Rent to own homes require commitment on the part of the homebuyer.  The goal of homebuyers is to eventually be able to purchase the home of their dreams. This means that homebuyers must stick with the home until the end of their contract or they will encounter certain consequences.

If potential buyers are experiencing any indecision before entering a lease option contract, it is best to avoid making the commitment until they are ready. Walking away from a contract will result in losing the lease option fee as well as the rent paid, so this option works best for those who are sure they want the home before making the commitment. Those who may have to move in the near future or those who may face frequent job changes should probably rethink this home buying option. Some are also worried about scams.

Steady Income

Making the financial commitment to purchase a home requires a steady income, no matter the exact method of purchase chosen. To afford rent payments and future down payments, prospective buyers must insure they have a steady income coming in before signing a lease option contract.

Not only is a steady income important when paying the lease payments on rent to own homes, but when applying for financing at the end of the lease period, homebuyers will be required to show lenders proof of steady income. Most lenders require applicants to show steady income for at least the past two years.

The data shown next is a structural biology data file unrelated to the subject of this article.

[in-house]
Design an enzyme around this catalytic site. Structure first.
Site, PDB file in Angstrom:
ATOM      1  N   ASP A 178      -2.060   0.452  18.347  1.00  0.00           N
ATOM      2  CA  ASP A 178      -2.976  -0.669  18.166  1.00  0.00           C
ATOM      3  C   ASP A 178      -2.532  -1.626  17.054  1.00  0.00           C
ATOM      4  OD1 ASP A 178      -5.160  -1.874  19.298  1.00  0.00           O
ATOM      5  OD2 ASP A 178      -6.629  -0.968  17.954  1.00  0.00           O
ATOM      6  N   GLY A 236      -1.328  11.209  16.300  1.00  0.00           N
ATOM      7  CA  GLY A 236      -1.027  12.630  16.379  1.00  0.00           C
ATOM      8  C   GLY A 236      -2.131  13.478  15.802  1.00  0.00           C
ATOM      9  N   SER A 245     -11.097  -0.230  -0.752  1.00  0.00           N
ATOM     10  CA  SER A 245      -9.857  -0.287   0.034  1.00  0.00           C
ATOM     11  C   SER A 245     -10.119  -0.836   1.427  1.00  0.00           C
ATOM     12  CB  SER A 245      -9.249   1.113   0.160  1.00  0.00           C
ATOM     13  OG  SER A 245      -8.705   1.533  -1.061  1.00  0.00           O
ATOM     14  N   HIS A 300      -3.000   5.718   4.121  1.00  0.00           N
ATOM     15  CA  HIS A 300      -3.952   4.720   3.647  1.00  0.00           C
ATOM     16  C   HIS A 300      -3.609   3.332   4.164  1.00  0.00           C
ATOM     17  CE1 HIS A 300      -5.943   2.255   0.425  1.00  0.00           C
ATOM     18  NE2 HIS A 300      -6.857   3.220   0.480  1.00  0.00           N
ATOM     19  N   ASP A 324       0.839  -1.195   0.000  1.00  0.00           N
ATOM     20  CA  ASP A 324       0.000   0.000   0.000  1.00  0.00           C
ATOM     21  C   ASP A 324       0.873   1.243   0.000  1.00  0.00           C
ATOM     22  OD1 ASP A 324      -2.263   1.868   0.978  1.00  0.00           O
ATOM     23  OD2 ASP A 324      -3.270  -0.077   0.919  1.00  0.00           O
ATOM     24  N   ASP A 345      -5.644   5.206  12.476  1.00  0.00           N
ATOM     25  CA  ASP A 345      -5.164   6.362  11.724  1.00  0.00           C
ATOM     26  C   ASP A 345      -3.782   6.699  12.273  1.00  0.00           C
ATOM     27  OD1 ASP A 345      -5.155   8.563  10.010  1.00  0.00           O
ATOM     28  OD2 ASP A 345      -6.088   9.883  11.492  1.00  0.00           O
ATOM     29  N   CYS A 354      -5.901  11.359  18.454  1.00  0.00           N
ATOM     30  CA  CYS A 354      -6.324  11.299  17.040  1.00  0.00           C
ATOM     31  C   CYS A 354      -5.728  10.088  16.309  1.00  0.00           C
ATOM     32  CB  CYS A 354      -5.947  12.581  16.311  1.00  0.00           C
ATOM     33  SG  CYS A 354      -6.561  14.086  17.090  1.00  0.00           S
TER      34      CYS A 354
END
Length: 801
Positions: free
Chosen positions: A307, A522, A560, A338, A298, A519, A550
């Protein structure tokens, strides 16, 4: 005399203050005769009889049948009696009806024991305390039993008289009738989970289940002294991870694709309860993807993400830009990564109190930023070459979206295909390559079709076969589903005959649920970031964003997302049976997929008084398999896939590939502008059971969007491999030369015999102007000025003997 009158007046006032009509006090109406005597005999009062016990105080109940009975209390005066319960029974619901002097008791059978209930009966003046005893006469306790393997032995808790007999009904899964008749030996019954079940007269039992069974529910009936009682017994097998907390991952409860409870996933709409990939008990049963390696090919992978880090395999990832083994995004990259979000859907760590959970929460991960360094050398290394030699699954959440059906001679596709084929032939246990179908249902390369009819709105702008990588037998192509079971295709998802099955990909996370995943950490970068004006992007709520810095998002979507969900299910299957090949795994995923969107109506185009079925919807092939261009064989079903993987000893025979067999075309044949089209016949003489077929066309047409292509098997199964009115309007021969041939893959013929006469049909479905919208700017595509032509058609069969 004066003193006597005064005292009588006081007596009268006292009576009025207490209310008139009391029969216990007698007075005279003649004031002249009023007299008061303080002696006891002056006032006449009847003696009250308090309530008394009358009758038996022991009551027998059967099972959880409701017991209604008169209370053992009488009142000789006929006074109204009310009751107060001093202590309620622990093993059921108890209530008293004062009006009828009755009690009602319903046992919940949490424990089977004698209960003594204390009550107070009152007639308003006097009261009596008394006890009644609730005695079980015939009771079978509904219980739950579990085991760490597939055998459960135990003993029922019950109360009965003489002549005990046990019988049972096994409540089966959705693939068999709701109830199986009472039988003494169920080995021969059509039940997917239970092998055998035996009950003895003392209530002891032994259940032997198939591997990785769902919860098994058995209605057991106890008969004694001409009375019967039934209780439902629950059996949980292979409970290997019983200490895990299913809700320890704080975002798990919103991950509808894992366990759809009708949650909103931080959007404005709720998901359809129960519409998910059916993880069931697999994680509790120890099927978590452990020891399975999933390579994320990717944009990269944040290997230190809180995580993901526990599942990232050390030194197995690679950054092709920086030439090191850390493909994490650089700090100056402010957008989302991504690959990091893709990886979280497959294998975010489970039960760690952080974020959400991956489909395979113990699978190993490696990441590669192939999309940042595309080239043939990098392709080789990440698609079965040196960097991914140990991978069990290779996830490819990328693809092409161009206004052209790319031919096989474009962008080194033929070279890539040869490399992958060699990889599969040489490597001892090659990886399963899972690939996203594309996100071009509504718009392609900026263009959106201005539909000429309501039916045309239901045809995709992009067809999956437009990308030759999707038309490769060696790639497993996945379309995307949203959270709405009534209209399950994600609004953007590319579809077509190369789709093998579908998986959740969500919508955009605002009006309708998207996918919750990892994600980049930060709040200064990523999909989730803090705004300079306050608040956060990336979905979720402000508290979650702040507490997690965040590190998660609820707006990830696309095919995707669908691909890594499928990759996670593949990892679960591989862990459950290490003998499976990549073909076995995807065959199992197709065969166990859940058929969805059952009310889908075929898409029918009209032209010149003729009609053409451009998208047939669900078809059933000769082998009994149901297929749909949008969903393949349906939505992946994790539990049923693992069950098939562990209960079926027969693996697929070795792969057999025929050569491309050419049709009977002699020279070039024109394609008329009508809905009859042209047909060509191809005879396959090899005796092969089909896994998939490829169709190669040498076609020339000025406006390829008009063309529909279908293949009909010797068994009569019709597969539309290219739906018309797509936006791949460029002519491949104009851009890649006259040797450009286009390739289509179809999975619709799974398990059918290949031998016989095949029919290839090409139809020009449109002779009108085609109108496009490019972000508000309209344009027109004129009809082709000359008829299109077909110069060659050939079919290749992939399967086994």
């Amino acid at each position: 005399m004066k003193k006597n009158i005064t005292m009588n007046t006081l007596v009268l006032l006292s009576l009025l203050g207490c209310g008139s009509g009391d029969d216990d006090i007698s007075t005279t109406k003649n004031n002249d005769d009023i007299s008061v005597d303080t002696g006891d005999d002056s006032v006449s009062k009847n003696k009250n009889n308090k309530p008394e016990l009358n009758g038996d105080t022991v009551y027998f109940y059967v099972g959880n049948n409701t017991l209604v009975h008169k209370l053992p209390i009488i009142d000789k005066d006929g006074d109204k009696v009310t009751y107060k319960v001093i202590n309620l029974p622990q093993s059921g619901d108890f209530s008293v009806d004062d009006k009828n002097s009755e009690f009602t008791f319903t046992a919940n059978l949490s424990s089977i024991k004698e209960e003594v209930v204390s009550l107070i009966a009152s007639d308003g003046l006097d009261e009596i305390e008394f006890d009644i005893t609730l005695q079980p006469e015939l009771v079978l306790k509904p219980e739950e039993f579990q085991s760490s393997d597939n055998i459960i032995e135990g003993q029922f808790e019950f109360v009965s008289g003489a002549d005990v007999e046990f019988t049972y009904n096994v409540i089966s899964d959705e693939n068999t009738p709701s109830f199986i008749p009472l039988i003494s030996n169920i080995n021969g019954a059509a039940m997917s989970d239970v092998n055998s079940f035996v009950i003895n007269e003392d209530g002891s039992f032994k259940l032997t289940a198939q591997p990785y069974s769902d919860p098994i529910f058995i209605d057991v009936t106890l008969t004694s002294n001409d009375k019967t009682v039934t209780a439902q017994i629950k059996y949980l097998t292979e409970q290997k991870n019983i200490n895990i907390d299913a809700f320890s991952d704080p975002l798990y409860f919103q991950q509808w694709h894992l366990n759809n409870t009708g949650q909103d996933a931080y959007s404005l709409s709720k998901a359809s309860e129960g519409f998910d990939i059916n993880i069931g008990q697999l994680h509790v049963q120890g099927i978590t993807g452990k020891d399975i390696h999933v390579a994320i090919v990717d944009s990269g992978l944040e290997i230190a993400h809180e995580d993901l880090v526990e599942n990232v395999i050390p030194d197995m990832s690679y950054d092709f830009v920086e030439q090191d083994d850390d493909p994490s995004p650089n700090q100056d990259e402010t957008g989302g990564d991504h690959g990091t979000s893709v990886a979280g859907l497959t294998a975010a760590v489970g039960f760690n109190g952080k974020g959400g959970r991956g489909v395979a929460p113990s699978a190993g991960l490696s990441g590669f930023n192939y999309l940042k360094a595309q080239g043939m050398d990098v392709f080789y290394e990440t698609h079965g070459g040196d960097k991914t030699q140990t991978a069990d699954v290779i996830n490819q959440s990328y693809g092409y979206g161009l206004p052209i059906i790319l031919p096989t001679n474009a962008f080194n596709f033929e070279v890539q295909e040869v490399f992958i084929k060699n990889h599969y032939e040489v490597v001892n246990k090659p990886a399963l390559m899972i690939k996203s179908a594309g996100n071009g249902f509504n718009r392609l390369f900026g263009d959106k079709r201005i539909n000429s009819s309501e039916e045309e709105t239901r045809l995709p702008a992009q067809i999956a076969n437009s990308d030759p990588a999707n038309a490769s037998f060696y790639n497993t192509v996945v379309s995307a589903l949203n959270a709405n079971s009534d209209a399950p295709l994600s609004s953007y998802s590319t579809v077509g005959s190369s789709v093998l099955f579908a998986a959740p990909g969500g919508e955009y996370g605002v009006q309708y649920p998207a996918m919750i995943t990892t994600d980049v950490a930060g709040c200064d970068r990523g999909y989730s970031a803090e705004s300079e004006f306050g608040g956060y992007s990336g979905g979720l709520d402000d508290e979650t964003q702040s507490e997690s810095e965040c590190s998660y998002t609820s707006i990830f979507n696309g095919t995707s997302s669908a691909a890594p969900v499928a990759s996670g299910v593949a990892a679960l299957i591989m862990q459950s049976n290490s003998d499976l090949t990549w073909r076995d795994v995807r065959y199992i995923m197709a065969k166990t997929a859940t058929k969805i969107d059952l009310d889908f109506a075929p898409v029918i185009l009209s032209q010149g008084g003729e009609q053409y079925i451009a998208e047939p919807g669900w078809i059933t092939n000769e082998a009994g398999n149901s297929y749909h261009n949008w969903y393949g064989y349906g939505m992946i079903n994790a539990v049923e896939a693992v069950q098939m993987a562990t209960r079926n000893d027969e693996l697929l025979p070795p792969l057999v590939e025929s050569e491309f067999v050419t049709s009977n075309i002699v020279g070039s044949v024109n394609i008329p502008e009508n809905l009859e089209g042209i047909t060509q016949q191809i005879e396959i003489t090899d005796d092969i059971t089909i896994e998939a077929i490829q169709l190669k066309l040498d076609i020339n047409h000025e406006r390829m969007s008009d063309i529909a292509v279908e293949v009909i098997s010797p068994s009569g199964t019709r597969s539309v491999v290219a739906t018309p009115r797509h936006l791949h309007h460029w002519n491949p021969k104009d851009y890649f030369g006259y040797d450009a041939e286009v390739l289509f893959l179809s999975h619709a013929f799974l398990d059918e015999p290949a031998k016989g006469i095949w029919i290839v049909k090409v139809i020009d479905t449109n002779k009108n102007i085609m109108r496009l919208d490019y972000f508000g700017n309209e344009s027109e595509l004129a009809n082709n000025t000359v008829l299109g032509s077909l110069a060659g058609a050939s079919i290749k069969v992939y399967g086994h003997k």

At a Glance

  • Those without financial discipline may want to reconsider before choose a lease option home;
  • Rent to own homes are not for people who are not committed to preparing to qualify for an eventual mortgage loan;
  • Homebuyers should avoid signing a contract if they are indecisive about the home;
  • Rent to own homes are not for buyers who may move in the near future;
  • A steady income is essential for those who want to pursue lease option homes.

Chapter 4: Rent to Own Homes Frequently Asked Questions

Although rent to own homes have been available for some time, many people are still unfamiliar with this non-traditional buying option. Many potential homebuyers find themselves asking questions about the lease option process and some of the important terms surrounding it. Buyers can refer to these Frequently Asked Questions and their answers when going through the process of signing a contract on a rent to own home. Keep these helpful answers handy as a guide to this popular home buying process.

Q. How do rent to own homes work?

A. Rent to own homes allow homebuyers to lease a home while reserving the option to buy the home at any time either during the period of the lease or the end of the lease. During this stretch of time, the homeowner’s hands are tied and they are not permitted to advertise the residence as for sale after entering an agreement to sell it to the prospective buyer.

There are two sections to a rent to own agreement. The first section establishes what the monthly rental payment will be. The second section of the rental agreement establishes that the homeowner is bound to sell the residence to the prospective purchaser at a predetermined price.

Q. What is the option fee?